There are lots of easy answers to this to this question, but let’s start with ourselves. Why do WE need diverse books? As writers, we have lofty and lovely goals of battling prejudice and making the world a nicer, more fair place. But before we can do that, we need to look at ourselves as readers. As humans. And all humans by default walk around with prejudices and opinions and pre-conceived notions.
If we’re going to celebrate diversity, we need to recognize our own perceptions and be willing to have them challenged. We need to admit that we don’t have all the answers yet! However, embracing diversity doesn’t mean you have to like everything and everyone. In fact, there will certainly be things about different cultures or belief systems or individuals that irritate, bother, or anger you. But the magnificent, magical thing about a STORY is that it allows us to transcend those differences and find the human underneath the differences – even when they’re extreme.
You know the old saying, “Don’t judge a man until you’ve walked a mile in his shoes?” Reading an engaging story is walking that mile, not just in a character’s shoes, but in a character’s HEAD. You feel their feelings. Hear their thoughts. Understand their biases. Love their loved ones. Hate their enemies. And that’s one of the most powerful experiences on the planet.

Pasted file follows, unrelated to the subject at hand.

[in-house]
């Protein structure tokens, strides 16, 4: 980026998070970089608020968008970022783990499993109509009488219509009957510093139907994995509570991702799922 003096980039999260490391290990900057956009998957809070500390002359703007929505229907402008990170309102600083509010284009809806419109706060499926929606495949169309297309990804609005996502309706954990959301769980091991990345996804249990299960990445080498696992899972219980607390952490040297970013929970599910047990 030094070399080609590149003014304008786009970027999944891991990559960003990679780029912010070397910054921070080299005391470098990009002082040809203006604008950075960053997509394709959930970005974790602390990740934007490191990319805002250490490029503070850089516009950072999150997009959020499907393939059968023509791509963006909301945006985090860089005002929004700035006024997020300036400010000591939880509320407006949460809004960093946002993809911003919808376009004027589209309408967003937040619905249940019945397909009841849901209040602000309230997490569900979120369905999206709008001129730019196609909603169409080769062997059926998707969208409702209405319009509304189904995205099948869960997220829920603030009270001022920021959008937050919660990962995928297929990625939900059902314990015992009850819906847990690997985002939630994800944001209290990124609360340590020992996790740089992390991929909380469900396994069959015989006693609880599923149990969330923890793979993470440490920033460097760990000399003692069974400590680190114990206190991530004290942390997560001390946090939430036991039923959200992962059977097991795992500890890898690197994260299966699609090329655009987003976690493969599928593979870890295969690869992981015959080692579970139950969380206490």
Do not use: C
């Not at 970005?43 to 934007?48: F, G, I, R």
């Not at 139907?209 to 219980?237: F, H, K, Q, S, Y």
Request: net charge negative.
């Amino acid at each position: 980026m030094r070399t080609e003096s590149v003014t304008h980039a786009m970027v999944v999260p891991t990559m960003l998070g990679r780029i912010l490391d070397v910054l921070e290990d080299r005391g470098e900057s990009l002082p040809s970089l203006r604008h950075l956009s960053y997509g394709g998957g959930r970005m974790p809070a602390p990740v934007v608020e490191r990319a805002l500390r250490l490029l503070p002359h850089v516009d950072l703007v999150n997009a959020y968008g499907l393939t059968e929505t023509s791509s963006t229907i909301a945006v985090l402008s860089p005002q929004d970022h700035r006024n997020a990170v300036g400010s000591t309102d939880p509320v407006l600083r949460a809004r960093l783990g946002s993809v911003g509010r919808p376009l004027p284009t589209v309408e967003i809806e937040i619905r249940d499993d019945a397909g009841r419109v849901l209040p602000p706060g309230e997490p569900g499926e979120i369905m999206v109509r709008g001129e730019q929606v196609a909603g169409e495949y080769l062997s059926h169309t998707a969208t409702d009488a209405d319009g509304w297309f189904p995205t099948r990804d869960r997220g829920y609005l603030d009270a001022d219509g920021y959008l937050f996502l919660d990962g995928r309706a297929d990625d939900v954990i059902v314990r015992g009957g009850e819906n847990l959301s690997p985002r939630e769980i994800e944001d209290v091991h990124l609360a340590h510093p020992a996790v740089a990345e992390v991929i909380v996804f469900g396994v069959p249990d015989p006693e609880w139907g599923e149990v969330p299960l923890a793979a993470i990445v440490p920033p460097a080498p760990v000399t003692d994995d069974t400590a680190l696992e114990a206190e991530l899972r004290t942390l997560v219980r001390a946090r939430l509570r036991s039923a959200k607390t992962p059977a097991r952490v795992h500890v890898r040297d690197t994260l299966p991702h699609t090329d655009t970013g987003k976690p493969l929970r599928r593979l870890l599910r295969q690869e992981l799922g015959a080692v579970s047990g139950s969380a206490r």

So take a few minutes and think about the stories that have challenged your pre-conceived notions, biases, or misunderstandings. Tell us in the comments about why diverse books have mattered to you personally!!
Here are a few recent reads that have changed me……
The Tyrant’s Daughter, by J.C. Carleson
The narrator in this book is the refugee daughter of a Middle Eastern tyrant king. Her own perceptions of her family and self are challenged when she is brought to the United States and put in the middle of murky political bargaining, family betrayal, and most shockingly to Leila – an unfiltered Internet. I became so attached to Leila and fully felt her angst about the ethics of her family’s past, her duty to her country, and her desire to be loved. She is compassionate, funny, and a truly relatable teenage girl.
Challenger Deep, by Neal Shusterman
This book will blow your every perception of Schizophrenia out of the water. Based on the author’s son’s experience with schizophrenia and including his son’s artwork, this story is a first-person journey into mental illness and recovery. It’s beautiful, poetic, sad, joyful, and basically just amazing. You’ll laugh and cry and look at people differently forever.